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Kevin Fischer is a veteran broadcaster, the recipient of over 150 major journalism awards from the Milwaukee Press Club, the Wisconsin Associated Press, the Northwest Broadcast News Association, the Wisconsin Bar Association, and others. He has been seen and heard on Milwaukee TV and radio stations for over three decades. A longtime aide to state Senate Republicans in the Wisconsin Legislature, Kevin can be seen offering his views on the news on the public affairs program, "InterCHANGE," on Milwaukee Public Television Channel 10, and heard filling in on Newstalk 1130 WISN. He lives with his wife, Jennifer, and their lovely young daughter, Kyla Audrey, in Franklin.

FranklinNOW publishes revealing article about Scott Walker's effective budget reforms

I’ve picked on Candace Romano of FranklinNOW who writes, I believe, like a high school journalism student. Give her a few quotes, she’s happy as a clam and will run with them, never challenging the speaker or the content. Get the other side? Romano apparently hasn't gotten to that chapter yet.

Whether she meant to do it or not (my guess is, not), Romano does provide revealing insight in her latest article that I encourage you to read.

Romano (or her editor) decided a good story would be to ask some local bureaucrats about the impact of Governor Walker’s budget reforms, a la Act 10. Never mind that a zillion articles have already been written about the effectiveness of Act 10. Romano was sent out to get local reaction (detractors?).

Romano found someone willing to talk, Paul Sojkowski, a teacher at Meadowview Elementary School and chief negotiator for the Oak Creek Education Association. From Romano’s article:

“Sojkowksi said so far, the impact of the bill that ended collective bargaining for anything other than wages (which are still subjected to cap based on inflation) for public school teachers has been insignificant in the classroom. In the Oak Creek-Franklin School District, there have been no layoffs and class sizes have not increased, offsetting common concerns of teacher unions and their members. ‘I think in Oak Creek, we're in a fortunate situation,’ Sojkowski said. ‘The administration has done a good job to avoid layoffs. There haven't been any layoffs as a direct result of budgetary issues’.”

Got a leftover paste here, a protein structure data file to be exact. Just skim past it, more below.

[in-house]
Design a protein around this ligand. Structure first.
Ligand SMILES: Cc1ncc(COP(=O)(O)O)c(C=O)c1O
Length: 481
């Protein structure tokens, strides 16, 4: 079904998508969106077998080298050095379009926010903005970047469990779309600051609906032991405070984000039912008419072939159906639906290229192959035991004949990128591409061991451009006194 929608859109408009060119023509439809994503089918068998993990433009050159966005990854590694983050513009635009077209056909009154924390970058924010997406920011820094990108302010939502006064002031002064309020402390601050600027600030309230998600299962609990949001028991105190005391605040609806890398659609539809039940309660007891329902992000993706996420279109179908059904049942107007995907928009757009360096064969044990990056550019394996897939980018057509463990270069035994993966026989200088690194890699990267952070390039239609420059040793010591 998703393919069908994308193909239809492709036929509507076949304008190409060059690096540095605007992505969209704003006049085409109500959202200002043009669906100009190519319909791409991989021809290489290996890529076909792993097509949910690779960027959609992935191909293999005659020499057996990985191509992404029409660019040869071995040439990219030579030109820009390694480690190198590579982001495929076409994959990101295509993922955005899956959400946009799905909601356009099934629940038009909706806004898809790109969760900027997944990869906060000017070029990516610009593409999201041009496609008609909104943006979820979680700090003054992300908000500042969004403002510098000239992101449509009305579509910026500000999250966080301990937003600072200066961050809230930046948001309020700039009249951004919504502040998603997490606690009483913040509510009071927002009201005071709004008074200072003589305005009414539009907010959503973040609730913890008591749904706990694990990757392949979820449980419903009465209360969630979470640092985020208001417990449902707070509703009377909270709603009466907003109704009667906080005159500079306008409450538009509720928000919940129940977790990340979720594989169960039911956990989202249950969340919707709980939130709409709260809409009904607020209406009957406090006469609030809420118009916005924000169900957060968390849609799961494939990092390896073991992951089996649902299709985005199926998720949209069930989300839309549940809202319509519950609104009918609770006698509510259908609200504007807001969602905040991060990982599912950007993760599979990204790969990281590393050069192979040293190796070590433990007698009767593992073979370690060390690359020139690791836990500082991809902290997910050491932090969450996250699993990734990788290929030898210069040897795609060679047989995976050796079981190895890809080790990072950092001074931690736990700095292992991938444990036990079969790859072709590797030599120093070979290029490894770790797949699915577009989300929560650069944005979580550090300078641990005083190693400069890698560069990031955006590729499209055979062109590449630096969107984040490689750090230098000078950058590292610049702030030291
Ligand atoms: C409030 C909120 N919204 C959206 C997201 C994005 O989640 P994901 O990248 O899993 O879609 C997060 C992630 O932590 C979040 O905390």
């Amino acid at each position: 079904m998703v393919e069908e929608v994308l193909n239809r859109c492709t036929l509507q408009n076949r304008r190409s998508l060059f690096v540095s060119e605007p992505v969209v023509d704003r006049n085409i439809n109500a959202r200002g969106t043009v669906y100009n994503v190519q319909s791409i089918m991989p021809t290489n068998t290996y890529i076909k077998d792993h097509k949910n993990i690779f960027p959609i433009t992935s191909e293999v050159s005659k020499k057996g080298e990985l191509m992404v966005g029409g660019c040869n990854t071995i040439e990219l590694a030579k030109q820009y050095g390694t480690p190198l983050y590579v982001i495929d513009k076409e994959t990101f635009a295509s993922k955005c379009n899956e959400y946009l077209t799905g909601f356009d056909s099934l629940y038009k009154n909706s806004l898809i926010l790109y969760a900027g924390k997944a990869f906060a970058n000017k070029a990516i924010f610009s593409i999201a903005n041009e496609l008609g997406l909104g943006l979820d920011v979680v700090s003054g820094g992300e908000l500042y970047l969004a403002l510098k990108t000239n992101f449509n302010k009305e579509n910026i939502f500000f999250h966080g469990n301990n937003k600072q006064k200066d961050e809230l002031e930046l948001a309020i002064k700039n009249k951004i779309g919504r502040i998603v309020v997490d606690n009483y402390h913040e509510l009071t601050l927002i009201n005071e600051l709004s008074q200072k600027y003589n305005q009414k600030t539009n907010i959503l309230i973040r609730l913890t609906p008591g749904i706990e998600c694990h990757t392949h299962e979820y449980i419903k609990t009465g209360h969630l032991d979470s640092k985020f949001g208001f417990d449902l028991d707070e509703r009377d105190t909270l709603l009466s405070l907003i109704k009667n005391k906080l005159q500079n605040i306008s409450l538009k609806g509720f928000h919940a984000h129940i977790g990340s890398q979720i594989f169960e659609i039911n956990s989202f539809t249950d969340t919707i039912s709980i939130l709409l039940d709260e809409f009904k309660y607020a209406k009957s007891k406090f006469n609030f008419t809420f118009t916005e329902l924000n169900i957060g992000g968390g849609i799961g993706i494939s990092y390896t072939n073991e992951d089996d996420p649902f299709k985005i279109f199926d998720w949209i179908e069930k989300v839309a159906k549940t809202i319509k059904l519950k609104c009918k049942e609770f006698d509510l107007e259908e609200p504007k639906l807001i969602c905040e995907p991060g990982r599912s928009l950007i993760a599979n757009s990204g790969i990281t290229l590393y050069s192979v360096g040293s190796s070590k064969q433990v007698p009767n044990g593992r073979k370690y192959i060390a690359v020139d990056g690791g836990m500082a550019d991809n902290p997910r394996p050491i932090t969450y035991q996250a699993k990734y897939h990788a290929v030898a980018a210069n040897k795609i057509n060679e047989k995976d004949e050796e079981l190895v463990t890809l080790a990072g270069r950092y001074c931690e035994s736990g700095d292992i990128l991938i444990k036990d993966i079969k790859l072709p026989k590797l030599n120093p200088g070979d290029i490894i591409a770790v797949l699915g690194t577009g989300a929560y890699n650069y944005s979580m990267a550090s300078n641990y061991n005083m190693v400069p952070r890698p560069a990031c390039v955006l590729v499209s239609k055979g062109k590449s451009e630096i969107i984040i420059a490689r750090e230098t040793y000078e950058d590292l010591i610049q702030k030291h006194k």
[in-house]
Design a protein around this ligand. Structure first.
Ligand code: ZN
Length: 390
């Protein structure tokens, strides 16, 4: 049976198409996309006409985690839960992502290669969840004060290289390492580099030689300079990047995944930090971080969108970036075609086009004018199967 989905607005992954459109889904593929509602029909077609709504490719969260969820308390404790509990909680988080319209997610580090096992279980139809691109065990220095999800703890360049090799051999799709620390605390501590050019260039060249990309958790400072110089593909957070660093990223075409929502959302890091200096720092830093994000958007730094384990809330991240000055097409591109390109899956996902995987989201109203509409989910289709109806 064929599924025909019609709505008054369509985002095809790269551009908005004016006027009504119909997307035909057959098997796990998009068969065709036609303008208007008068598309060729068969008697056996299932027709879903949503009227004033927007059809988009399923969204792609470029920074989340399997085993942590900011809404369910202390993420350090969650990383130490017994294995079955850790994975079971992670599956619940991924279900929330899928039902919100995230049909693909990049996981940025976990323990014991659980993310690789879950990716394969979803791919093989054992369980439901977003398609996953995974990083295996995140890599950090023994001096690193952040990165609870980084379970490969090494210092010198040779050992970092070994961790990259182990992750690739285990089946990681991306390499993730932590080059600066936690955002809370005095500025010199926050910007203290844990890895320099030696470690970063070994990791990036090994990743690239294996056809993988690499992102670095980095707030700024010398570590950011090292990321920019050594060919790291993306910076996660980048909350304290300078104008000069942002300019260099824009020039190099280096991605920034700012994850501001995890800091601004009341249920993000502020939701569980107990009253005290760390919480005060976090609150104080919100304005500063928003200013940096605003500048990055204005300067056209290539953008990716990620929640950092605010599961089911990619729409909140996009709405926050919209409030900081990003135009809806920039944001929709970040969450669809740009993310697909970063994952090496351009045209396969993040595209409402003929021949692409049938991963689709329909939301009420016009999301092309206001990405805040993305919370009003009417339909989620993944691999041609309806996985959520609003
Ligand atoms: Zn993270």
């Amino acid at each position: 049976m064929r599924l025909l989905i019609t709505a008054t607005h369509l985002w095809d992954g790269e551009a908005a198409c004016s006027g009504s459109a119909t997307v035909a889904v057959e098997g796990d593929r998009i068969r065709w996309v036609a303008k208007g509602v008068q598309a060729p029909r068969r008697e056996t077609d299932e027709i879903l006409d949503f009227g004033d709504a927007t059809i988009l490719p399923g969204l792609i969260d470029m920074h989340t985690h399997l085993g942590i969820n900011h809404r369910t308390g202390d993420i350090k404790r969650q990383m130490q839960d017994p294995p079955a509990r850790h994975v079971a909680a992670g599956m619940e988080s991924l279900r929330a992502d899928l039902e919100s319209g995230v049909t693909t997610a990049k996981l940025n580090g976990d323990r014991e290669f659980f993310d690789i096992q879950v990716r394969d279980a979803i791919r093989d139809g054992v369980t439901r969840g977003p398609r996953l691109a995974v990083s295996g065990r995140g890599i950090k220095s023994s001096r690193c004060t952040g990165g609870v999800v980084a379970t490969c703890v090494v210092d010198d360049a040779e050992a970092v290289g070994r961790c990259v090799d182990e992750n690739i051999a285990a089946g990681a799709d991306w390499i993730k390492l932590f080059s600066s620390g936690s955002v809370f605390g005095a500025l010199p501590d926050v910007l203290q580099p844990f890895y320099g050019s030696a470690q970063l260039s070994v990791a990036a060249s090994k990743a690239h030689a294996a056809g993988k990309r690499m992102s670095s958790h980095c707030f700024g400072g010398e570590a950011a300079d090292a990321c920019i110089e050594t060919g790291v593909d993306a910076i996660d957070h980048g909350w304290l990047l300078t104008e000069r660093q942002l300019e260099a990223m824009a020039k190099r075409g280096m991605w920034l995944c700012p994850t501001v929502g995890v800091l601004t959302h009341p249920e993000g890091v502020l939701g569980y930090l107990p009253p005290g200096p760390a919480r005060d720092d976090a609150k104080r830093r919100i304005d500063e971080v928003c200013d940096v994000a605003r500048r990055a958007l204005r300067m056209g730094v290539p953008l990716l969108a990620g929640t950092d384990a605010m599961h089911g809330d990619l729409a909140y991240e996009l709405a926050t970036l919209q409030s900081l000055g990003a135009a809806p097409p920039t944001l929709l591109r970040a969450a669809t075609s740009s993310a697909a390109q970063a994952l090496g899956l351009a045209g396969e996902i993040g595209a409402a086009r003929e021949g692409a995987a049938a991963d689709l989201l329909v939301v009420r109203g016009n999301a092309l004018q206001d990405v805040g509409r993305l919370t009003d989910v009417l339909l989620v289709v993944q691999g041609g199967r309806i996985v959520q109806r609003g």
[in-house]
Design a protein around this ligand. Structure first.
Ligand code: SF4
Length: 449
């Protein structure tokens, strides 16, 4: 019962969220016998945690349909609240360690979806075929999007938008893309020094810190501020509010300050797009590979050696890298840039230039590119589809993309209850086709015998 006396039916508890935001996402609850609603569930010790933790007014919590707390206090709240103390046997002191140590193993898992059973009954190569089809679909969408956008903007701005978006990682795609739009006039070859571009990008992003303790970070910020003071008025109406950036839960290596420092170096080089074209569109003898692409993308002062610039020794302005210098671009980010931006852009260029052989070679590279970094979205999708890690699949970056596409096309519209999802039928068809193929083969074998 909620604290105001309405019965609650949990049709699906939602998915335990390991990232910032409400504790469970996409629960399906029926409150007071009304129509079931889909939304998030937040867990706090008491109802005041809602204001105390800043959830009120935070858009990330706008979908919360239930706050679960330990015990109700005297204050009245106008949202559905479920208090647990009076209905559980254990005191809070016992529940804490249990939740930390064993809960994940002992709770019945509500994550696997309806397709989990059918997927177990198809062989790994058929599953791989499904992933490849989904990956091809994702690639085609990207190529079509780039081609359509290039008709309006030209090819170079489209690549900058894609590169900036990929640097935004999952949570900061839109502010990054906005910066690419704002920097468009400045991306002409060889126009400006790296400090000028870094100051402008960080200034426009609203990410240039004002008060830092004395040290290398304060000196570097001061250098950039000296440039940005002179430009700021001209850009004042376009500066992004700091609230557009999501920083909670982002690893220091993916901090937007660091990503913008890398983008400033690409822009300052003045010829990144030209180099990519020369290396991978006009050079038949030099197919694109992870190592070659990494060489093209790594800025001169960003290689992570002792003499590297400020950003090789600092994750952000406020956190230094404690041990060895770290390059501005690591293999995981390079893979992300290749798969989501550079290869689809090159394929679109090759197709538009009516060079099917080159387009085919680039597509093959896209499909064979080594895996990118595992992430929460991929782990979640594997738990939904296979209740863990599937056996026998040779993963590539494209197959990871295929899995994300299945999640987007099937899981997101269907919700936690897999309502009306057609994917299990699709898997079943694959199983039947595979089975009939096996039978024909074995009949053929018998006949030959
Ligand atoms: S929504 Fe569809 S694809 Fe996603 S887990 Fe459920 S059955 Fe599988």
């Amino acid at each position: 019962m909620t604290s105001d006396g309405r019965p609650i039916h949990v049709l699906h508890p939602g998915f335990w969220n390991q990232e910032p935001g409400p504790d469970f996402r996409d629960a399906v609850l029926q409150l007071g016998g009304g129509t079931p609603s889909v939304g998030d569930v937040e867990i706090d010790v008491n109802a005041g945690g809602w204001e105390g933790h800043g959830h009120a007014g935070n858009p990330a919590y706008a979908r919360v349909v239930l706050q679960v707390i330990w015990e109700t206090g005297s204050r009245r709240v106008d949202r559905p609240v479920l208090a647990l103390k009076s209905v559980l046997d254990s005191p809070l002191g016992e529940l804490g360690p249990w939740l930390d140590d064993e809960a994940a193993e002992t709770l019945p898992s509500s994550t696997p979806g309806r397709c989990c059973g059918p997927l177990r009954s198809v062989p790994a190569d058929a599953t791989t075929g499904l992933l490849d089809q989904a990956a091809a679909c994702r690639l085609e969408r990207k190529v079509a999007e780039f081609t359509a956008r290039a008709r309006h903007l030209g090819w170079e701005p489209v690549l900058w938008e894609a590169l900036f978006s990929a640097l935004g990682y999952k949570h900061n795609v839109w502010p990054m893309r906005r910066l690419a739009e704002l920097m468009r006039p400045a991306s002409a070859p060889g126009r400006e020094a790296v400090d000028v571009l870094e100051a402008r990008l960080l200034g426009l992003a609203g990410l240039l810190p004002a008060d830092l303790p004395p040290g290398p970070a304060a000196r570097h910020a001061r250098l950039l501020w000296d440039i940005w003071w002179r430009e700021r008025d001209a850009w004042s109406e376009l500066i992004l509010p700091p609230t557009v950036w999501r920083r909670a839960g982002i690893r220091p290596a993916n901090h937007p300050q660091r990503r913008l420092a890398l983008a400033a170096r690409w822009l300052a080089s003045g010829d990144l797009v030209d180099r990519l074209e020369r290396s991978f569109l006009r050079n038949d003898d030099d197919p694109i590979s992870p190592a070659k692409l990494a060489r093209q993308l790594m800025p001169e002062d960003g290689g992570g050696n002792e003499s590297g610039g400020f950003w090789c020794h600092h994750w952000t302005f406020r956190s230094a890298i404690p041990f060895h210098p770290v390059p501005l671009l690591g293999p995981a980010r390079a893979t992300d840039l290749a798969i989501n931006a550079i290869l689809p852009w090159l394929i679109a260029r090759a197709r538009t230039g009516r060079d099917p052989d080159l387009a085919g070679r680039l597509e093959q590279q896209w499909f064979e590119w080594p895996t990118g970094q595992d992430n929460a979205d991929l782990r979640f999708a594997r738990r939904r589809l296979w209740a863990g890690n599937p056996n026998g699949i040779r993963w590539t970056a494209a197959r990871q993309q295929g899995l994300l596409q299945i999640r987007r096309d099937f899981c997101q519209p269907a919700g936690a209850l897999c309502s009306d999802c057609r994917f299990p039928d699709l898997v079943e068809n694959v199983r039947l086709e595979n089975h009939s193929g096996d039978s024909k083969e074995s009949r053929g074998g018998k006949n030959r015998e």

That’s about as close an educrat will come to saying Walker's reforms are working, a reality Sojkowski probably can’t stomach himself to fully admitting publicly. He and others will never credit Walker for any improvements.

But Sojkowski couldn’t stop there. In typical PR Nightmare 101 teacher-ese, he had to pop the cork on his and other educators’ favorite whine:

“The bottom line is there's no stability," he said. "That creates uncertainty and that creates problems. … "Who knows what's going to happen, what further cuts are going to happen to education?"

Another uncertainty is teachers' pay scale and lanes, and whether they will receive additional compensation for pursuing a master's degree or years of experience. According to the Wisconsin Legislative Council, Act 10 would provide for collective bargaining for base pay only.

"That's another slap," Sojkowski said. "Right now, teachers' education isn't valued. There is no reason for teachers to go back to school, there's no financial incentive. We are constantly being attacked. What incentive do you have to be a teacher?"

I don’t know about you, but I don’t play the "what if" game displayed by Sojkowski. As for his whining about teacher pay, again, who put the gun to these peoples’ heads when choosing a profession? And haven’t we heard time after time after time from this crowd that it’s all “for the children?”

No it's not. It's all about the money. Always has been.

This surely isn't what Romano intended from her article, but I’m glad she wrote it.

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